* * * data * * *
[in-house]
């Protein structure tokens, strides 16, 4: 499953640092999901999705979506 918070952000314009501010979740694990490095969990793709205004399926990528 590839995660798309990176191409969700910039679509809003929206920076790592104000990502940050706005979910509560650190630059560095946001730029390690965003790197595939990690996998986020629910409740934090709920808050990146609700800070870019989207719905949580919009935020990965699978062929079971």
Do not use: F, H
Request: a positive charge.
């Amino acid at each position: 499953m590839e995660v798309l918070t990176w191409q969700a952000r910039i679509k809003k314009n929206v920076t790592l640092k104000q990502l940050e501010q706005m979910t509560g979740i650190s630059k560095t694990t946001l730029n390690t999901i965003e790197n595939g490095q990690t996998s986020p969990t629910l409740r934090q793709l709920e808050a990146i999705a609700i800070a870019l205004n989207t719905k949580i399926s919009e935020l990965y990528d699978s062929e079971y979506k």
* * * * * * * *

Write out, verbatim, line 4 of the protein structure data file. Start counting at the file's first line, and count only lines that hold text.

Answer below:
Request: a positive charge.